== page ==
Safe havens for Christian and other minorities in the Middle East should be a foreign policy priority for the EU and Ireland, writes Rónán Mullen
THIS year marks the 100th anniversary of the world’s first modern genocide — the mass murder of Armenian Christians and other minorities by the Turkish Ottoman government begun in 1915.
“Who, after all, remembers the annihilation of the Armenians?” Adolf Hitler wrote in a 1939 memo to his generals, justifying his case for mass slaughter. Modern Turkey refuses to acknowledge the genocide, but that famous quote has left posterity in no doubt.
Genocide is the deliberate killing of a large group of people, especially those of a particular nation or ethnic group. Between 800,000 and 1.5m Armenian Christians died in Ottoman Turkey.
Isis-type horrors raged — beheadings, rape, sex slavery, mass killing. It was genocide then, even if not all Armenians and not all Christians were ever going to be destroyed (only those in the Ottoman Empire and within its reach). And today it’s happening in the Middle East.
Christians may be safe elsewhere, but they are systematically targeted in Isis territory. Non-Christian minorities like Yazidis and Turkmen fare even worse — they are treated as pagans and sorcerers and suffer accordingly.
Faced with the greatest refugee crisis in generations, with hundreds of thousands pleading at our borders for mercy and shelter, it can be easy for western countries to miss the detail.
Pope Francis has not minced his words, though. “In this third world war, waged piecemeal … a form of genocide — and I stress the word genocide – is taking place, and it must end,” he said in July.
Democratic and Republican members of the US Congress have joined forces to propose the naming of this genocide and calling for action.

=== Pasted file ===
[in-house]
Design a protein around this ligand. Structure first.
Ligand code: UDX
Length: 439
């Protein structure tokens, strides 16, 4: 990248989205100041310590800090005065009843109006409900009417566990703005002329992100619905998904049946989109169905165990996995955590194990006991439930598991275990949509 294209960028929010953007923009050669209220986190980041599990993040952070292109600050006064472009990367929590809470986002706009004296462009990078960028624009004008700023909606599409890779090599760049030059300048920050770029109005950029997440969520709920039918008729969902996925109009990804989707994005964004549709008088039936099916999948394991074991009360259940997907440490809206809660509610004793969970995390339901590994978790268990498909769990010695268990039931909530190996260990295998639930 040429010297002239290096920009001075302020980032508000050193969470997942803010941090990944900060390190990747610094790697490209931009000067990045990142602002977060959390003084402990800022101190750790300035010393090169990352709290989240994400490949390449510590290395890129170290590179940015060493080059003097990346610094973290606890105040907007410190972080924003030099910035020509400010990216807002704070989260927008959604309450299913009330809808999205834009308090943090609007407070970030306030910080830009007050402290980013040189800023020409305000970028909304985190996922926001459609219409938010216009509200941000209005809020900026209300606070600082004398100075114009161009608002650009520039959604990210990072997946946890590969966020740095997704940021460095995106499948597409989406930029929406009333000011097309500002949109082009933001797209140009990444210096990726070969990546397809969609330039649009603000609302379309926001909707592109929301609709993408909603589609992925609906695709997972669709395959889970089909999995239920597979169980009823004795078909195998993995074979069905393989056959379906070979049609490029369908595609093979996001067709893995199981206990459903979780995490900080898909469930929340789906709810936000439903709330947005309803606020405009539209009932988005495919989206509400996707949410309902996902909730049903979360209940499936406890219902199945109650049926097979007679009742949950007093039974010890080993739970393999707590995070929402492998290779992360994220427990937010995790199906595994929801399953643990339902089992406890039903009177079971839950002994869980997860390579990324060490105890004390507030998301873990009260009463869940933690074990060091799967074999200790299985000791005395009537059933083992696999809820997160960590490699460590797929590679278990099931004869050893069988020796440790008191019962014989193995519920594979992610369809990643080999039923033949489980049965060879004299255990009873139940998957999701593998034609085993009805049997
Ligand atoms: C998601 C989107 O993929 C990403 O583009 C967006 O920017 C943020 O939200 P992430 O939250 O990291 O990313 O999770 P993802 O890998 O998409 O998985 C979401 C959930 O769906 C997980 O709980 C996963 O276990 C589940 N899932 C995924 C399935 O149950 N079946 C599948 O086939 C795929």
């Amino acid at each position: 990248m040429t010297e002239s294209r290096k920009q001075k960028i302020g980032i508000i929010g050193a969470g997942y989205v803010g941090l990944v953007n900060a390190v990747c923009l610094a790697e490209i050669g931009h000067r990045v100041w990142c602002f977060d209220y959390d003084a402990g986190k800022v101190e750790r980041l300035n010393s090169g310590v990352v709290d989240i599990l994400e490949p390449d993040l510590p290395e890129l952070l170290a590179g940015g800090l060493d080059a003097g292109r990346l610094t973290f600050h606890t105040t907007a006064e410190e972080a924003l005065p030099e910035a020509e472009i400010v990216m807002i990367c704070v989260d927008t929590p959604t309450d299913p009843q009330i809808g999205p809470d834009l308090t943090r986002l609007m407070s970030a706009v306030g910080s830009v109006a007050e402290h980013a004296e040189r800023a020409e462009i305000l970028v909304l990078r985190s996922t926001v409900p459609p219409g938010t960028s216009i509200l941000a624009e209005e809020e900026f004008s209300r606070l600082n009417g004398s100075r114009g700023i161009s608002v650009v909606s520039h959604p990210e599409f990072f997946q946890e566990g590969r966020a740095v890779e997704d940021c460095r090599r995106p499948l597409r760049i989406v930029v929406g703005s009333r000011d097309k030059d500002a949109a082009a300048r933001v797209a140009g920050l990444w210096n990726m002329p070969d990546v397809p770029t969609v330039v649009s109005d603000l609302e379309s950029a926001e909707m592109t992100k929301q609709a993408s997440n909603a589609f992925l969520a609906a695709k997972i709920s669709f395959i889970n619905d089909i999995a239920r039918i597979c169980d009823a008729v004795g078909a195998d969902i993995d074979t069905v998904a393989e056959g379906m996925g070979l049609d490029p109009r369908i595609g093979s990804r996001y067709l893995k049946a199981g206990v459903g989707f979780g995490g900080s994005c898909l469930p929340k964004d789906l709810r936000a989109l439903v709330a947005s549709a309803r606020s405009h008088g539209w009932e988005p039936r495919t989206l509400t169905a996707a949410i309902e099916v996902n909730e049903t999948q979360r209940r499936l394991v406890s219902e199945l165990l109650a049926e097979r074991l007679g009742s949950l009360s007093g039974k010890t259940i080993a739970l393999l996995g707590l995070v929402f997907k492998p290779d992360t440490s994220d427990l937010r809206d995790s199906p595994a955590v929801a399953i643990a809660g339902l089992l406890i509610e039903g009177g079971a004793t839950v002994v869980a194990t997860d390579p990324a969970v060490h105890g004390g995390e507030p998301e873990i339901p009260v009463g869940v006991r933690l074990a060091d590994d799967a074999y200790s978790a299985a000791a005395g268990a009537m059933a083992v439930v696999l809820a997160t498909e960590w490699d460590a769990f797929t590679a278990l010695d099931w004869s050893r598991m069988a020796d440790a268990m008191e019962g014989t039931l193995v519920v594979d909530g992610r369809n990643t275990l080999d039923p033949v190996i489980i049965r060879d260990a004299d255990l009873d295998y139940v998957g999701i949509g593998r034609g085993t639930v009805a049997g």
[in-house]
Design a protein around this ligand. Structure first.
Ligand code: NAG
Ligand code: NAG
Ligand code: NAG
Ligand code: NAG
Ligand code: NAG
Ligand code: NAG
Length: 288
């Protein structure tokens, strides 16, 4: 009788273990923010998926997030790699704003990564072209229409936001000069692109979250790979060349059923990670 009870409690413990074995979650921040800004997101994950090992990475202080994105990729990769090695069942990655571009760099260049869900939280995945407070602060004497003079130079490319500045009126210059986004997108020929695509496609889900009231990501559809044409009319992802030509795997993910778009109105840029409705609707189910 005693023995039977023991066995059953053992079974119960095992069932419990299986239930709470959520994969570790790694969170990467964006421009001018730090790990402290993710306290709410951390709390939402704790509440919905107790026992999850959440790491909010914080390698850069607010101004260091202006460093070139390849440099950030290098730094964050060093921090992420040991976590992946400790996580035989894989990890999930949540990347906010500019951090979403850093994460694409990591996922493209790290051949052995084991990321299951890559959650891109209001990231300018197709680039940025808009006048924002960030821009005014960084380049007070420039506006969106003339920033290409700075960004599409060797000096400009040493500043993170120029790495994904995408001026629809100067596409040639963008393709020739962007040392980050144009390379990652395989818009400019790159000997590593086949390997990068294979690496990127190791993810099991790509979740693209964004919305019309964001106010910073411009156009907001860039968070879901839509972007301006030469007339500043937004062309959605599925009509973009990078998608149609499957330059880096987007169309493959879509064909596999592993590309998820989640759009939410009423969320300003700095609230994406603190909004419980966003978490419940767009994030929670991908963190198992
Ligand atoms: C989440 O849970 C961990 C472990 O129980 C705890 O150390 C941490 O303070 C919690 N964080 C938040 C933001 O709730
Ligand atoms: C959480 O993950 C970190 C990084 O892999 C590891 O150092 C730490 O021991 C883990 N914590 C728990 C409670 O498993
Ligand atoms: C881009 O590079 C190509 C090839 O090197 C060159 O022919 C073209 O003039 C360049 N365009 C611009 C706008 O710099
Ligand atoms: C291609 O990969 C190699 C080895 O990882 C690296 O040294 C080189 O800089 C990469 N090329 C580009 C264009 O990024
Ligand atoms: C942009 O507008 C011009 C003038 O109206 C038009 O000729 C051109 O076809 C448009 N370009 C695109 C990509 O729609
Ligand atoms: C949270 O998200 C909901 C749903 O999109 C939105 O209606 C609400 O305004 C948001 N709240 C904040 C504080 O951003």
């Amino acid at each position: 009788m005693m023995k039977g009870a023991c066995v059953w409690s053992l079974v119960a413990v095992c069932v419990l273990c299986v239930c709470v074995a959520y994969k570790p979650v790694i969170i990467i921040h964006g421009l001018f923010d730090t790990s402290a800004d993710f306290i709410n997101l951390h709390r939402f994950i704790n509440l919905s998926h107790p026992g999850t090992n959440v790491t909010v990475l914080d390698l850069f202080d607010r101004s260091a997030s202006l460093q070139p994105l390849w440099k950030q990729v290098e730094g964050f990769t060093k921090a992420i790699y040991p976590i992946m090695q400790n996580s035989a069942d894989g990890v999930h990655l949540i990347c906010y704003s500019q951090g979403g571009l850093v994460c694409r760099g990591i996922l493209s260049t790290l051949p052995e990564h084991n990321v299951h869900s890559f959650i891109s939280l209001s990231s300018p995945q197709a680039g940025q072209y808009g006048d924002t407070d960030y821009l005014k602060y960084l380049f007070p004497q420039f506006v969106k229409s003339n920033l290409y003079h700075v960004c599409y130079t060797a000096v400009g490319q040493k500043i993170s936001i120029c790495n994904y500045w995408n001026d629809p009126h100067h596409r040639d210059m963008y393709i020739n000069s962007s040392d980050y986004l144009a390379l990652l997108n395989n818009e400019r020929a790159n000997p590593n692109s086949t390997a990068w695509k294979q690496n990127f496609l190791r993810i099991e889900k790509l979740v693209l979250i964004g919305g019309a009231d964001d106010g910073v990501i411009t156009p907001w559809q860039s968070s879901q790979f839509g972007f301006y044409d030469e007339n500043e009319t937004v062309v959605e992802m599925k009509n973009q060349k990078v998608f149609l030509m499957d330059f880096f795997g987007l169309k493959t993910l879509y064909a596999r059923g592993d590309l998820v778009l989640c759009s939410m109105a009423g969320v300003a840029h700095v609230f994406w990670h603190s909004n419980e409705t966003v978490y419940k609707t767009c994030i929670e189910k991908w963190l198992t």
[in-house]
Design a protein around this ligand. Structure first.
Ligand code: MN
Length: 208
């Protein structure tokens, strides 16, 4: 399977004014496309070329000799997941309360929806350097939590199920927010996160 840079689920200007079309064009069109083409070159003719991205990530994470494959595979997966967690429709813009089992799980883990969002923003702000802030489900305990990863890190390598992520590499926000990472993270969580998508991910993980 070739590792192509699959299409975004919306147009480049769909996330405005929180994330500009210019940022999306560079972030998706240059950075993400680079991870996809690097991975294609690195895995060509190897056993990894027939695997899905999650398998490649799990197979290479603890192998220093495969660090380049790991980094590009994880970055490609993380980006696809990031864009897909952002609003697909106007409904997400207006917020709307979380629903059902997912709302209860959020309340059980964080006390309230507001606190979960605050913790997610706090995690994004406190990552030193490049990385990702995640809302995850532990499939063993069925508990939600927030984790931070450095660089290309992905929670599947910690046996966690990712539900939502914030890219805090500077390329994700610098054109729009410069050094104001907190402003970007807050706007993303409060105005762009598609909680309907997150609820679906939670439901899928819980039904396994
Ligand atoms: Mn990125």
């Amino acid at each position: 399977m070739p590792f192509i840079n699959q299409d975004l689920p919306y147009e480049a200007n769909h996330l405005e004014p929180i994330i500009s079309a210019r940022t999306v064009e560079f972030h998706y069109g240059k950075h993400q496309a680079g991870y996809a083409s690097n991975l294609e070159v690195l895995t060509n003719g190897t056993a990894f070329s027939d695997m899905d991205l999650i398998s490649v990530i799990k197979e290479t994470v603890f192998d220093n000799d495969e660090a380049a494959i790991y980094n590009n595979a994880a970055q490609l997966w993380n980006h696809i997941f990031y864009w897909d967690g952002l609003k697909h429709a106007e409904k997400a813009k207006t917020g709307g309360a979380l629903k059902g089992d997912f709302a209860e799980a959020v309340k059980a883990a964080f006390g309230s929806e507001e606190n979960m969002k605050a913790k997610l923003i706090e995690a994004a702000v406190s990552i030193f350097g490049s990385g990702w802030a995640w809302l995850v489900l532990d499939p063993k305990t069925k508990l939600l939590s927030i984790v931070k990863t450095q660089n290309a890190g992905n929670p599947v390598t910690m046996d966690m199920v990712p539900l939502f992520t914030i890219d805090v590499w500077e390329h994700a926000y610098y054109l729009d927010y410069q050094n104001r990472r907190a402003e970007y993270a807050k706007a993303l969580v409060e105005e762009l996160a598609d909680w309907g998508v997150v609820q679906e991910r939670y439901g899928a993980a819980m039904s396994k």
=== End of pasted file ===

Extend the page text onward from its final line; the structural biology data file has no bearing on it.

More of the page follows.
And here? Justice Minister Frances Fitzgerald recently went to Paris for a conference on ‘Victims of Ethnic & Religious Violence in the Middle East’. There was no media coverage in Ireland, and our Government remains silent. Yet the question remains: Where do the Middle East’s persecuted minorities figure in the Irish and EU response to the migration crisis?
Somewhere between the wish of Hungarian prime minister, Viktor Orban, to take only Christians and Agriculture Minister Simon Coveney’s recent comment that religion (and presumably ethnicity) should never be a factor, lie some inconvenient truths.
The majority of those fleeing war in Syria and elsewhere, numerically speaking, are Muslims. But some minorities, including Muslim minorities, face particular terrors.
Anti-Christian violence in some refugee camps has prevented fearful Christians from taking refuge there, and to rely instead on the kindness of parishes and individuals in Lebanon and elsewhere.
Syria’s Christian leaders, lamenting the uprooting of Christian culture from their ancient homeland, plead with their terrified flock to stay and call on the international community to create safe havens.